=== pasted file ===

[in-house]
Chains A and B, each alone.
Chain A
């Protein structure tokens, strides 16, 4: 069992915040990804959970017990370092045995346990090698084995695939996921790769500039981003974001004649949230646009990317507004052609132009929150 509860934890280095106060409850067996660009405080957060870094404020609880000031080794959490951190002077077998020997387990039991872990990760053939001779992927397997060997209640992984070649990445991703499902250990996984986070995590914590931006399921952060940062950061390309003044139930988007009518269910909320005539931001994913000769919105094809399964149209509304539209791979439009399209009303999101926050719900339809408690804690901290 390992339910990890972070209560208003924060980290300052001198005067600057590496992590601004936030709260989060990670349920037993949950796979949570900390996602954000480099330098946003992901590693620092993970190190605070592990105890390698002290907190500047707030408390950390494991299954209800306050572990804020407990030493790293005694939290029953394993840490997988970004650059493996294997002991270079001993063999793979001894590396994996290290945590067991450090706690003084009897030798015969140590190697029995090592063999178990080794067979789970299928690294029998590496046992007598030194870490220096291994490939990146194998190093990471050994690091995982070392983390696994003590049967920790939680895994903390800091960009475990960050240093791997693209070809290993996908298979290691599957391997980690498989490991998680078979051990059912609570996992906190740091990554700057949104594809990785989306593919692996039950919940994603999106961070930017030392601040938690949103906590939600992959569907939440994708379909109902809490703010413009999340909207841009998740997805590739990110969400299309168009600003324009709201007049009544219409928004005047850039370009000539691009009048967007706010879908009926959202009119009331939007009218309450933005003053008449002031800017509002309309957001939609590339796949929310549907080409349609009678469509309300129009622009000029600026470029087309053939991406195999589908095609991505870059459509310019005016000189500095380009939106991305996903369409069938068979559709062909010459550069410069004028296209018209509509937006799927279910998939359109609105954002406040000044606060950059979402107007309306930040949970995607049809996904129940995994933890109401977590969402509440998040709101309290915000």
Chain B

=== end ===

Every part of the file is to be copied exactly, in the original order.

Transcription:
[in-house]
Chains A and B, each alone.
Chain A
């Protein structure tokens, strides 16, 4: 069992915040990804959970017990370092045995346990090698084995695939996921790769500039981003974001004649949230646009990317507004052609132009929150 509860934890280095106060409850067996660009405080957060870094404020609880000031080794959490951190002077077998020997387990039991872990990760053939001779992927397997060997209640992984070649990445991703499902250990996984986070995590914590931006399921952060940062950061390309003044139930988007009518269910909320005539931001994913000769919105094809399964149209509304539209791979439009399209009303999101926050719900339809408690804690901290 390992339910990890972070209560208003924060980290300052001198005067600057590496992590601004936030709260989060990670349920037993949950796979949570900390996602954000480099330098946003992901590693620092993970190190605070592990105890390698002290907190500047707030408390950390494991299954209800306050572990804020407990030493790293005694939290029953394993840490997988970004650059493996294997002991270079001993063999793979001894590396994996290290945590067991450090706690003084009897030798015969140590190697029995090592063999178990080794067979789970299928690294029998590496046992007598030194870490220096291994490939990146194998190093990471050994690091995982070392983390696994003590049967920790939680895994903390800091960009475990960050240093791997693209070809290993996908298979290691599957391997980690498989490991998680078979051990059912609570996992906190740091990554700057949104594809990785989306593919692996039950919940994603999106961070930017030392601040938690949103906590939600992959569907939440994708379909109902809490703010413009999340909207841009998740997805590739990110969400299309168009600003324009709201007049009544219409928004005047850039370009000539691009009048967007706010879908009926959202009119009331939007009218309450933005003053008449002031800017509002309309957001939609590339796949929310549907080409349609009678469509309300129009622009000029600026470029087309053939991406195999589908095609991505870059459509310019005016000189500095380009939106991305996903369409069938068979559709062909010459550069410069004028296209018209509509937006799927279910998939359109609105954002406040000044606060950059979402107007309306930040949970995607049809996904129940995994933890109401977590969402509440998040709101309290915000």
Chain B